2012 Annual Report
1a.Objectives (from AD-416):
Classical Swine Fever (CSF) is a highly contagious viral disease of swine. Controlling and eliminating the disease is dependant upon identification of CSF viral mechanisms involved in induction of disease generalization of infection, tissue tropism, host range, transmission, immunogenicity and strain virulence. Better understanding of these determinants will provide identification tools, vaccines and/or anti-virals. These determinants are linked to specific interactions between viral proteins with host cell proteins upon infection.
To further characterize the molecular basis of CSFV and host-cell interactions ARS, PIADC and the University of Connecticut will identify swine macrophage proteins interacting with structural and non-structural CSFV proteins during infection. The effect(s) of these interactions on virulence, generalization of infection, tissue tropism, virus transmission, immunogenicity and induction of protection will be determined in swine.
1b.Approach (from AD-416):
1. A Yeast Two-Hybrid screening system will be used to identify cellular proteins, using a porcine macrophage expression cDNA library, currently available at ARS, PIADC, that interact with each of the Classical Swine Fever Virus proteins.
2. The University of Connecticut will conduct fine mapping of interacting host and viral proteins to identify specific binding residues or motifs mediating the interaction.
3. Mutant viruses harboring genetically modified binding motifs will be constructed and characterized in vitro and in vivo at ARS, PIADC. Particular emphasis will be placed on establishing the ability of mutant viruses to cause disease and to induce protection in swine, relative to parental virulent virus.
During FY 2012 we studied the six amino acids, called Cysteines, which are harbored by Classical Swine Fever Virus (CSFV) E1 structural protein. E1, along with Erns and E2, is one of the three envelope glycoproteins of CSFV. In infected cells, E2 forms heterodimers, which are proteins formed by two polypeptide chains, with E1 that are formed by disulfide bridges between cysteine residues. This interaction may play a role in virus assembly and virus entry. The role of these residues in the formation of E1-E2 heterodimers and their effect on CSFV viability in vitro and in vivo remain unclear.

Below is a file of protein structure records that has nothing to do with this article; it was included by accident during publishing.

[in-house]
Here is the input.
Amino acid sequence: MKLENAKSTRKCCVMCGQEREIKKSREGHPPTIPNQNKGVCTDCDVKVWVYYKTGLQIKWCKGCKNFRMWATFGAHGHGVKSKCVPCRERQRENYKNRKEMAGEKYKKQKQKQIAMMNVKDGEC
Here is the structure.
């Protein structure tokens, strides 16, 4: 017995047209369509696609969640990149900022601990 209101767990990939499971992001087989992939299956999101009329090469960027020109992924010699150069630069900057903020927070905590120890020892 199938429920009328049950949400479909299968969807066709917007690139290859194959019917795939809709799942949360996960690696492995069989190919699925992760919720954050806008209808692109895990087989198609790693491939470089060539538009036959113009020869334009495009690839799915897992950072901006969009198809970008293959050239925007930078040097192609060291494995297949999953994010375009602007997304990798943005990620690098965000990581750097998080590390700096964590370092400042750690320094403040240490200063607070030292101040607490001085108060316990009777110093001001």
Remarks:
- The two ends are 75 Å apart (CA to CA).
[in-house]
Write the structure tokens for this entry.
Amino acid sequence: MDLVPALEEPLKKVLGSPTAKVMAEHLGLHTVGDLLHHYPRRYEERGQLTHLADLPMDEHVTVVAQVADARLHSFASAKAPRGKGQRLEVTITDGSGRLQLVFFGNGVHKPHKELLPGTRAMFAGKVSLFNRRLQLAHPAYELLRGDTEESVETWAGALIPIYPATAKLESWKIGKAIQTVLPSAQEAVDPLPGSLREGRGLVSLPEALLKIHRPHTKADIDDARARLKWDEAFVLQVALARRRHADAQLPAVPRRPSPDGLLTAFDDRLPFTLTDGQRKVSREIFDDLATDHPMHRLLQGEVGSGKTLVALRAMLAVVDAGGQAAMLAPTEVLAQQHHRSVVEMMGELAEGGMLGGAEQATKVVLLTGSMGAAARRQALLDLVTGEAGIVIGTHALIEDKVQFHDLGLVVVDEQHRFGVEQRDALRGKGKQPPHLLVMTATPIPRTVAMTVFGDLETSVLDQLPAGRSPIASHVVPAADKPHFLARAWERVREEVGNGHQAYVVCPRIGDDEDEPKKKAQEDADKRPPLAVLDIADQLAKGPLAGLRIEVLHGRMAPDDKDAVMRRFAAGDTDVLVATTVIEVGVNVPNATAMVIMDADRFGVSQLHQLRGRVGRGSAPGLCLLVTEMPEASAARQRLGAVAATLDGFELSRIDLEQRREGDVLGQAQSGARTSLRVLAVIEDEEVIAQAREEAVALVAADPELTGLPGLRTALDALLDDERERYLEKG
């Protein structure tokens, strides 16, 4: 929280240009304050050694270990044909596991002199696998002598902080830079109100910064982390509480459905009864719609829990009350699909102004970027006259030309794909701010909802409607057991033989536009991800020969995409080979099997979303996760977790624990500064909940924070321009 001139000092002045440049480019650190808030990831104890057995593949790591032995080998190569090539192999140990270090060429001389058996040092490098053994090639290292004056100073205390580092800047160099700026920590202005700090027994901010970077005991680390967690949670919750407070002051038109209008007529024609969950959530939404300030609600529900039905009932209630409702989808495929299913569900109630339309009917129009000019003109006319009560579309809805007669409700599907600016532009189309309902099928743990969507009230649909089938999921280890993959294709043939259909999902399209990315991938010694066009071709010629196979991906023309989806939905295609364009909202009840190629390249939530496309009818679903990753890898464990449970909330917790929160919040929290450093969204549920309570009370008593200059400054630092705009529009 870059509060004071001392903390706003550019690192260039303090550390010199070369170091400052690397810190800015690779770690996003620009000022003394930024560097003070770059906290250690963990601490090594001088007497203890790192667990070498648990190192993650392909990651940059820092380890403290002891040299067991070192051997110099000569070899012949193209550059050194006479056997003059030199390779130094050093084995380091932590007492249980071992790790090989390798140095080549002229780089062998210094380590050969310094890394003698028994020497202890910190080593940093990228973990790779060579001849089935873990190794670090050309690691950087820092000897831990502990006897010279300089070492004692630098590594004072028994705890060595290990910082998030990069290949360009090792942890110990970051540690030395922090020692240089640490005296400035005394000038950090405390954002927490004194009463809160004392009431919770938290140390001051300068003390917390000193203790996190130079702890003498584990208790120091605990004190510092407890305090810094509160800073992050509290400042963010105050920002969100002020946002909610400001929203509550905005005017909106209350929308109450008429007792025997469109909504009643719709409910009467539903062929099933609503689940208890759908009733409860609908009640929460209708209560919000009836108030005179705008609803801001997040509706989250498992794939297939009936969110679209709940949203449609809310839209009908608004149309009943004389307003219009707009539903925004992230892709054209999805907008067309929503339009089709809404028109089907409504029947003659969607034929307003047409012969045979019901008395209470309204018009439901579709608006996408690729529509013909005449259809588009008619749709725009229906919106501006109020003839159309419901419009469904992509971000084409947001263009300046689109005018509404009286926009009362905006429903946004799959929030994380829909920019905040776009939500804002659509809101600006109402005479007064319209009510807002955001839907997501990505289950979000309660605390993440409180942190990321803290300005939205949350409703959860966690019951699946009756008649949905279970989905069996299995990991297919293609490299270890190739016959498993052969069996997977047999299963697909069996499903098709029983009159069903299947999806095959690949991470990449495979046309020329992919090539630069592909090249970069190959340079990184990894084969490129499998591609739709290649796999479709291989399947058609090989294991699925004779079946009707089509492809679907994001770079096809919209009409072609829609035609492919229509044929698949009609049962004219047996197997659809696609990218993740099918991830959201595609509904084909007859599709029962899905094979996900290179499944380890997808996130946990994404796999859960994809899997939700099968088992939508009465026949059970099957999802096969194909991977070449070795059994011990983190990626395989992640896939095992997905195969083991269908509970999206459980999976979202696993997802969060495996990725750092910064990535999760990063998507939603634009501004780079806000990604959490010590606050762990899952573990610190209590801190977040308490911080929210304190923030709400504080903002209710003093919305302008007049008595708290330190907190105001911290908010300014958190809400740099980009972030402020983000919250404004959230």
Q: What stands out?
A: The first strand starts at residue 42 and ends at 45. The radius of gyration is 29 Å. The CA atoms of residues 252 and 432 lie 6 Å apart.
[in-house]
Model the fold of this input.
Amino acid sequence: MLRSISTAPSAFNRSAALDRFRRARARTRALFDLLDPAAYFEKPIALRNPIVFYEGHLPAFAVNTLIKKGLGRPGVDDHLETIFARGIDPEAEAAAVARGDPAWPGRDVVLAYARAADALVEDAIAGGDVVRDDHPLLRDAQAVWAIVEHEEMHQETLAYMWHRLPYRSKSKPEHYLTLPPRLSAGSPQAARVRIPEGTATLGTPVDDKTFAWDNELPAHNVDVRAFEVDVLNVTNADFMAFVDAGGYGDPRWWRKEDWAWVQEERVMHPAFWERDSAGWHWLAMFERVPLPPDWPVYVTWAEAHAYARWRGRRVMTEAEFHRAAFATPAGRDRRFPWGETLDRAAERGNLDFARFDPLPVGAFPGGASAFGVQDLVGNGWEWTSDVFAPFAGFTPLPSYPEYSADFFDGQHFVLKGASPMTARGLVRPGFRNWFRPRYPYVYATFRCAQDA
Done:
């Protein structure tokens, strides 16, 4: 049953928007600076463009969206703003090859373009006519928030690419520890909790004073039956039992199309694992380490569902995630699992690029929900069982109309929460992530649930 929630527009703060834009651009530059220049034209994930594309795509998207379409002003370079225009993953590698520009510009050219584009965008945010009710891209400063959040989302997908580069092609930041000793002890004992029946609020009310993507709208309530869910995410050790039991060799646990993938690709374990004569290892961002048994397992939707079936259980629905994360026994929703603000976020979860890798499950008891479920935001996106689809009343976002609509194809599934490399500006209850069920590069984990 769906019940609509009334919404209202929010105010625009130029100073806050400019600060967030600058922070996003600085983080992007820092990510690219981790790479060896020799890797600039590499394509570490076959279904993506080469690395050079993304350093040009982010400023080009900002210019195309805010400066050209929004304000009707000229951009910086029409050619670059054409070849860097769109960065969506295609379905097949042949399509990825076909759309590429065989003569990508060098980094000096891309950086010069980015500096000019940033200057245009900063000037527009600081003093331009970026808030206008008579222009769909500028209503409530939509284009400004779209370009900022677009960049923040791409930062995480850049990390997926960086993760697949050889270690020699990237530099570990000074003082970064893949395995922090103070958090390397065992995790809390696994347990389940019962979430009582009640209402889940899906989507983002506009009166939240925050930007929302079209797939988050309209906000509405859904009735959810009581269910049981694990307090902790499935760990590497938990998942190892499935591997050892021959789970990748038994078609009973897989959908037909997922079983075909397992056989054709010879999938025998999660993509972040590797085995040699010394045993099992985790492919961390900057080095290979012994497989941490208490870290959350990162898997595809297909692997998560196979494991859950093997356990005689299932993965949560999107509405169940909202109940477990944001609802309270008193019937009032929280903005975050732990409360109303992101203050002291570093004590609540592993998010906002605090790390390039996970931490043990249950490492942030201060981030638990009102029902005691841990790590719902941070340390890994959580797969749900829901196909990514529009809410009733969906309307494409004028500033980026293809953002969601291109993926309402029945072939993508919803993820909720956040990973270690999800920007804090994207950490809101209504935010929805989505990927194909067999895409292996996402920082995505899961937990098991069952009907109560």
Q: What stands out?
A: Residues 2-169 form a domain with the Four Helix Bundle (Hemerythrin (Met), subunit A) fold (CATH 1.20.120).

Six cysteines residues of E1 are found in CSFV strain Brescia. It was observed that recombinant viruses harboring individual cysteine-to-serine substitutions within the E1 envelope protein were viable and still allow for interactions and formation of heterodimers with E2 protein. These single mutant viruses retained virulence in swine.
However, a double mutant harboring Cys24Ser and Cys94Ser substitutions within the E1 protein altered formation of E1-E2 heterodimers in infected cells. This recombinant virus, E1detla Cys24/94v, showed delayed growth kinetics in primary swine macrophage cultures and was attenuated in swine. Furthermore, despite the observed diminished growth in vitro, infection with E1delta Cys24/94v protected swine from challenge with virulent CSFV strain Brescia at 3 and 28 days post infection.
Although still undetermined, the interaction between E1 and E2 plays a critical unknown role in the cycle of CSFV. Determination and assessing the role of interactions between CSFV proteins are key for understanding virus virulence. In FY 2013 we will explore the interaction between host proteins and the virus nonstructural protein p7 and complete the characterization of host proteins interacting with structural protein Core
Publications for FY2012 include:
Fernández-Sainz I, Holinka LG, Gladue D, O'Donnell V, Lu Z, Gavrilov BK, Risatti GR, Borca MV. (2011). Substitution of specific cysteine residues in the E1 glycoprotein of classical swine fever virus strain Brescia affects formation of E1-E2 heterodimers and alters virulence in swine. Journal of Virology 85:7264-72.
B.K. Gavrilov, K. Rogers, I.J. Fernandez-Sainz, L.G. Holinka, M.V. Borca, and G.R. Risatti. (2011) Effects of Glycosylation on Antigenicity and Immunogenicity of Classical Swine Fever Virus Envelope Proteins. Virology 420:135-145
D.P. Gladue, L.G. Holinka, E. Largo, I. Fernandez Sainz, V. O’Donnell, R. Baker-Branstetter, Z. Lu, X. Ambroggio, G.R. Risatti, J.L. Nieva, and M.V. Borca. (2012) Classical Swine Fever Virus p7 protein is a viroporin involved in virulence. D.P. Gladue, L.G. Holinka, E. Largo, I. Fernandez Sainz, V. O’Donnell, R. Baker-Branstetter, Z. Lu, X. Ambroggio, G.R. Risatti, J.L. Nieva, and M.V. Borca. Journal of Virology 86:6778-91.